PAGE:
market. The genre we work in, instrumental progressive rock, is definitely
not on the ‘radar’ in terms of the music industry. Our influences include
bands like Yes, King Crimson and early Genesis, which is where the odd time
signatures come in. Steve Howe, the guitarist from Yes, was a huge influence
when I started playing guitar in the early 70’s, so it wasn’t that difficult
adapting to the musical approach Mind Gallery was pursuing. We have found
that live performance isn’t really a major goal for us in the Vancouver area,
because there isn’t a significant market for us locally. One thing we would
like to pursue in the future is a European tour because we definitely sell
more CD’s in that part of the world. Considering that most of our promotion
has been via our website and newsgroups, I think we have done fairly well. At
least we have been able to cover our costs, and build a pretty decent home
studio as well.
Q: Can you share stories from your time with The Payolas, “e,” Generators, …?
A: Being in the Payolas was pretty interesting. After we had signed to
A&M Records, we did a small tour of eastern Canada. I quickly discovered
that being a “rock star” wasn’t quite as glamorous as I had been led to
believe. Living out of the back of truck and eating in McDonald’s every day
got pretty monotonous fairly quickly. I resigned from the band after we got
back and was lucky enough to get a real job as a data entry clerk, as I
mentioned above. I also discovered that I was more interested in pursuing a
music career on my own terms, which is when I started Vancouver’s first synth pop band, [e?]. I remember rehearsing in a West End
apartment with everyone in the band wearing headphones tied into a 24 track
mixer. Because everyone was playing synths,
including our drummer, Tom Hadju (of tomandandy fame), we were able to get away with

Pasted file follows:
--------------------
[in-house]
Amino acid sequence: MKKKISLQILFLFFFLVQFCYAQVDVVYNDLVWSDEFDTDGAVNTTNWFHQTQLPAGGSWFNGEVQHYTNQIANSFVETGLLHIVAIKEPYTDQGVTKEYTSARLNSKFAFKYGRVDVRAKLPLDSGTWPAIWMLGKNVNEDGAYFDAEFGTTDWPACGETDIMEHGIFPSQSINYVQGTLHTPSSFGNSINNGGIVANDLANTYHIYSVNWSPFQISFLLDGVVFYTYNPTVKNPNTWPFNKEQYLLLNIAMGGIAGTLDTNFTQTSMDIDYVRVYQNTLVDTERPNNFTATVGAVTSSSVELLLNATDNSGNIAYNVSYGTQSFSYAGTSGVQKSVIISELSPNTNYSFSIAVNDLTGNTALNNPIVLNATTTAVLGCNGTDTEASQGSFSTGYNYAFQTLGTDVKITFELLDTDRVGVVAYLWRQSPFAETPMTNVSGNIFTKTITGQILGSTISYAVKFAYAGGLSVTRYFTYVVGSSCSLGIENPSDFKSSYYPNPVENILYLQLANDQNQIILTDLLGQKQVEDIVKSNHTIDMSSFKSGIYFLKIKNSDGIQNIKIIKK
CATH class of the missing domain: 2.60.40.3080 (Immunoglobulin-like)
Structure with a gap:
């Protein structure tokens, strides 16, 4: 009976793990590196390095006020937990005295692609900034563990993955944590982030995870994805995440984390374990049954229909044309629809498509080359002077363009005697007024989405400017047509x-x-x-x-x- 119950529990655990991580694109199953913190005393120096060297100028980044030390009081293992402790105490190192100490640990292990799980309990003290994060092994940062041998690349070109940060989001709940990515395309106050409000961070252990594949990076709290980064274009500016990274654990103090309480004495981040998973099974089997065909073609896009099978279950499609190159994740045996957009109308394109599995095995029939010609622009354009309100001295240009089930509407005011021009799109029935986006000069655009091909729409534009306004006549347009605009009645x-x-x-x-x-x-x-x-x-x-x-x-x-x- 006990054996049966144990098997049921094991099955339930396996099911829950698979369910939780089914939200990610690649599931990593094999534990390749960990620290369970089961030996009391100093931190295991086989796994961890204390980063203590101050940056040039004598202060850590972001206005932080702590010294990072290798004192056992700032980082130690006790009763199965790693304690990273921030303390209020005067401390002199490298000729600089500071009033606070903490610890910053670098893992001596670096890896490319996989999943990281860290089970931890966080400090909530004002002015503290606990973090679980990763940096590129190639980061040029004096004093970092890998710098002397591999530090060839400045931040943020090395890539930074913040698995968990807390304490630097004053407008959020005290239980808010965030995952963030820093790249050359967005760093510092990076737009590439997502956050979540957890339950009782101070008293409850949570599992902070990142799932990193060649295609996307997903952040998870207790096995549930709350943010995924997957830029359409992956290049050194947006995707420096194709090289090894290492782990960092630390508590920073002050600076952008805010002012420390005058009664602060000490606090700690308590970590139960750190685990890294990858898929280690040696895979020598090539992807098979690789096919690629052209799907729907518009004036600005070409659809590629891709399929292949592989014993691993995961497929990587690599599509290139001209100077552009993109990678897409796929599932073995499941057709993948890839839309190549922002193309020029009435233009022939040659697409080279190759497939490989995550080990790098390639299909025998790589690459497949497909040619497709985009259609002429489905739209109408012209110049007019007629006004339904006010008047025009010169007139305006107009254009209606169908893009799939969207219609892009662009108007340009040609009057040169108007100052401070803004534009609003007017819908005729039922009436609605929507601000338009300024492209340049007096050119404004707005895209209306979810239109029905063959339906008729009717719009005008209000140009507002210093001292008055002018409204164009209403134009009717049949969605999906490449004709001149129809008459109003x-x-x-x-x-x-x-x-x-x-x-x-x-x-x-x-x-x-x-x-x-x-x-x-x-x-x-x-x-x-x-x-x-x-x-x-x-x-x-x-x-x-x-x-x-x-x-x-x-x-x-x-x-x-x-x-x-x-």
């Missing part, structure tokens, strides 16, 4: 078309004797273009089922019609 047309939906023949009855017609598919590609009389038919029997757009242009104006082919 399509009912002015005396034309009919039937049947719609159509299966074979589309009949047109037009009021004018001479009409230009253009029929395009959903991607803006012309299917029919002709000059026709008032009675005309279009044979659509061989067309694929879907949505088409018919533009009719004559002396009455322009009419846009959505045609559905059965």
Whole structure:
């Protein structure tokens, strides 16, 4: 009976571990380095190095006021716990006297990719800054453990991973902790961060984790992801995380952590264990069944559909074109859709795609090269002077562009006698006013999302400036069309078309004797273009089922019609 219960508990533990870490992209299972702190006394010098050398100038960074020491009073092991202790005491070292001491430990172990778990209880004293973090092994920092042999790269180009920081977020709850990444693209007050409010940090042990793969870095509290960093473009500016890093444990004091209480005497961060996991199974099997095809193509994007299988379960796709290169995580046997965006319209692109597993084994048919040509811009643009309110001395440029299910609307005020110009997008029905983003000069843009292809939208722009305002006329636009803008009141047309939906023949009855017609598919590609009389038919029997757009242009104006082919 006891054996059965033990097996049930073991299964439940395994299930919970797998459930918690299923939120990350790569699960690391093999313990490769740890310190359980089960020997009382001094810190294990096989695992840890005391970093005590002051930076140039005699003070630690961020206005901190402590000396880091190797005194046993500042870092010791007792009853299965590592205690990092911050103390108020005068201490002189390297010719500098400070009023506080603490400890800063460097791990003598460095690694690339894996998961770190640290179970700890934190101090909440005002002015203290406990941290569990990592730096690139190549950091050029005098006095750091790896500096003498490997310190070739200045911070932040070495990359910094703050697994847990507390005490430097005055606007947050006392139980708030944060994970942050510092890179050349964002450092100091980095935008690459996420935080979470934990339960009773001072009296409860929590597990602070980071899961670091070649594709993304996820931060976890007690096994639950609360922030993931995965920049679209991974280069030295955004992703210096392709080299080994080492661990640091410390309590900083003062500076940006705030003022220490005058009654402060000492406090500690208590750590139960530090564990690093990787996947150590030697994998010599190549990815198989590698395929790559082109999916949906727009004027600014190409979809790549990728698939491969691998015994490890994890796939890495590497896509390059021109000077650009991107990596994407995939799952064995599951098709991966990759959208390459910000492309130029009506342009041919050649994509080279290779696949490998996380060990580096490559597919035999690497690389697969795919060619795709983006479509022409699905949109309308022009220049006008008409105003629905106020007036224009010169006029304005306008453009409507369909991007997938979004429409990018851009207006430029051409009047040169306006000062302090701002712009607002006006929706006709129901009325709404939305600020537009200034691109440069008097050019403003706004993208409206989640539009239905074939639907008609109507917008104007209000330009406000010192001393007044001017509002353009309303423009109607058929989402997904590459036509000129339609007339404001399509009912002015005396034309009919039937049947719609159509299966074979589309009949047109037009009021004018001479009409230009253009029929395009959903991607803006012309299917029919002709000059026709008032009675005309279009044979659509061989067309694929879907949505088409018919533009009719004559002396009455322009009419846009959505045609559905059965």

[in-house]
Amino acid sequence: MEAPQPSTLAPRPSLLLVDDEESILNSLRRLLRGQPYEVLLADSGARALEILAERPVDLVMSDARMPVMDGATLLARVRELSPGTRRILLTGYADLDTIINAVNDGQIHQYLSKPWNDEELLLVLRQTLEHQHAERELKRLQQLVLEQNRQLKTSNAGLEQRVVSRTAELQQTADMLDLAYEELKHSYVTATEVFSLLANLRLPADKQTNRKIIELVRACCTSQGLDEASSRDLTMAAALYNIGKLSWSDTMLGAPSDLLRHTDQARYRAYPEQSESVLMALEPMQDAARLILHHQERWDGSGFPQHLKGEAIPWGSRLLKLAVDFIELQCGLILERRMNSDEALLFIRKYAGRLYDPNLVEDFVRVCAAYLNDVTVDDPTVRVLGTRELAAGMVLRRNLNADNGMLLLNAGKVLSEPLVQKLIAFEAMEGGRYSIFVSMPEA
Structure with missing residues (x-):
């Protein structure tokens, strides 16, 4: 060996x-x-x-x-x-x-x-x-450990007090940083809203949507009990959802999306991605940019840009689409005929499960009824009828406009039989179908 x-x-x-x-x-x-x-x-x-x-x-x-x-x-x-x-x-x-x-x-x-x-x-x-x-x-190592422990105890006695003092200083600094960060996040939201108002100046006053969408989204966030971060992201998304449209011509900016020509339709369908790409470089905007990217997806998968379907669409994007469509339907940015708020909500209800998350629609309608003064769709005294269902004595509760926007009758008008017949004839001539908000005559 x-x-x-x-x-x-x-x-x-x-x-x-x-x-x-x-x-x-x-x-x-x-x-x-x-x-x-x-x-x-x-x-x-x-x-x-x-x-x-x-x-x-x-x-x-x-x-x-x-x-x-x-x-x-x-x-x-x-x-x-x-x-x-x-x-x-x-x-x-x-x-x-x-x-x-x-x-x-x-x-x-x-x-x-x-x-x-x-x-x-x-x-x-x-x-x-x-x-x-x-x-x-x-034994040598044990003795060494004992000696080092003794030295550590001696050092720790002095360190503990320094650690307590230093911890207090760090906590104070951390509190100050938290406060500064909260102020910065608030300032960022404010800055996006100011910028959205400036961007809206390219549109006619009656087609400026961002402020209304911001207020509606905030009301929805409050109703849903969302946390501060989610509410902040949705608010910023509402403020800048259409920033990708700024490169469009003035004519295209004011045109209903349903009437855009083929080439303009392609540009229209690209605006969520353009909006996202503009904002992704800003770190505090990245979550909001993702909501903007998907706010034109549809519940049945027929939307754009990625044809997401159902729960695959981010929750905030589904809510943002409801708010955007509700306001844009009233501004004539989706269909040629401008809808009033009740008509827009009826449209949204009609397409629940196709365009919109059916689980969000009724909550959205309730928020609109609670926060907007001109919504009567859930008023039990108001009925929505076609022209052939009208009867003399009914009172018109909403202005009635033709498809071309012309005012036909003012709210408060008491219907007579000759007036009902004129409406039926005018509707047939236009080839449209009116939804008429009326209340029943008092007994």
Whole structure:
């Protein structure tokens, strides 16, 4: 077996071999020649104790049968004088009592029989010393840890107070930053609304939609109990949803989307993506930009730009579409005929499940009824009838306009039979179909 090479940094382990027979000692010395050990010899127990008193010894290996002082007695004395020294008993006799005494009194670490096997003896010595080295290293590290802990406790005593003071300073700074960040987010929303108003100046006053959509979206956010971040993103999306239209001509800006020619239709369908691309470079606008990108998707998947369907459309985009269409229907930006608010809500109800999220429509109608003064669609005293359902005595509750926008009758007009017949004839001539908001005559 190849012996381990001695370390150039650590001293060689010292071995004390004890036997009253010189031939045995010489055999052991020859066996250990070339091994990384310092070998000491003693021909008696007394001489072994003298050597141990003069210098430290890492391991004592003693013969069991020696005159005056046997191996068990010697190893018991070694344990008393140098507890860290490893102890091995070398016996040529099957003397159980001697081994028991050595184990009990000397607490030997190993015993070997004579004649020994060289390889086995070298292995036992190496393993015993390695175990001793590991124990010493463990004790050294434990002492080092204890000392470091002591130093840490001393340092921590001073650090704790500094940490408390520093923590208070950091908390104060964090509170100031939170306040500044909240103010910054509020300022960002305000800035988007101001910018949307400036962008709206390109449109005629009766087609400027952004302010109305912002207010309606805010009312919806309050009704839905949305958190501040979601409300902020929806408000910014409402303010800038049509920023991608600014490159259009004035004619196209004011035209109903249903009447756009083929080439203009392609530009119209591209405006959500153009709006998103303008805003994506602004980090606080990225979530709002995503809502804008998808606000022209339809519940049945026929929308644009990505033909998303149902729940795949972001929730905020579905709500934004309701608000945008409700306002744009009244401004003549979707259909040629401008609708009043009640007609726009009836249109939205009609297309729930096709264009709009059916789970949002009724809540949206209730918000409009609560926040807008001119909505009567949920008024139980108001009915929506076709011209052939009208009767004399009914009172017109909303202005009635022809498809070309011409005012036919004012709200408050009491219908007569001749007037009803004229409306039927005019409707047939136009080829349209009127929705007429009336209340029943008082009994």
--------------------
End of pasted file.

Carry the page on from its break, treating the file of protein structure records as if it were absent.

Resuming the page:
practicing without disturbing the neighbours too much. Not an easy task for
the average rock band!
Q: Your list of accomplishments is impressive indeed! Which ones standout
foremost in your mind and what lessons can you share with our audience? What
are your top tips for those newly entering the IT profession?
A: One thing I should mention is that I have been asked a few times about my
major accomplishments in the post industry. There happens to be another Gary
Bourgeois, who has some major credits in the film industry as an audio post
specialist. For the record, he’s the guy whose name comes up in the credits
for movies like Charlie’s Angels. In fact, he has close to 150 credits listed
on the Internet Movie Database (http://us.imdb.com/).
In regards to my own accomplishments, I’m definitely not at his level in the
fame department. Most of the work that I’ve done has been for independent
artists like Canadian video pioneer, Paul Wong.
One of the more interesting things that I’ve worked on was the software
design for conceptual artist Rodney Graham. One of the projects I worked on
was “Parsifal”, an installation for computer and 14 speakers. Rodney’s idea
was to take a section of Wagner’s opera and loop the individual orchestral
instruments at different rates based upon the series of prime numbers. The software,
which I wrote in cycling74’s MAX environment, calculates the number of
seconds which have elapsed since the opera’s premier in the late 1800’s and
determines where the musician would be in the score today. Rodney’s piece
will last for something like 30 billion years before all of the loops are in
sync again. The installation is still running on a Mac IIci
running two digidesign SampleCell
cards hooked up to seven amplifiers and 14 speakers. Each instrument is wired
to its own speaker in the gallery space. Another piece I designed for Rodney,
called the “School of Velocity”, is based upon one of Czerny’s piano
exercises. The main concept in the piece, which lasts for 24 hours, is that
the tempo is continuously slowing down by the square of the distance between
each notes rhythmic value. The actual implementation consists of a Mac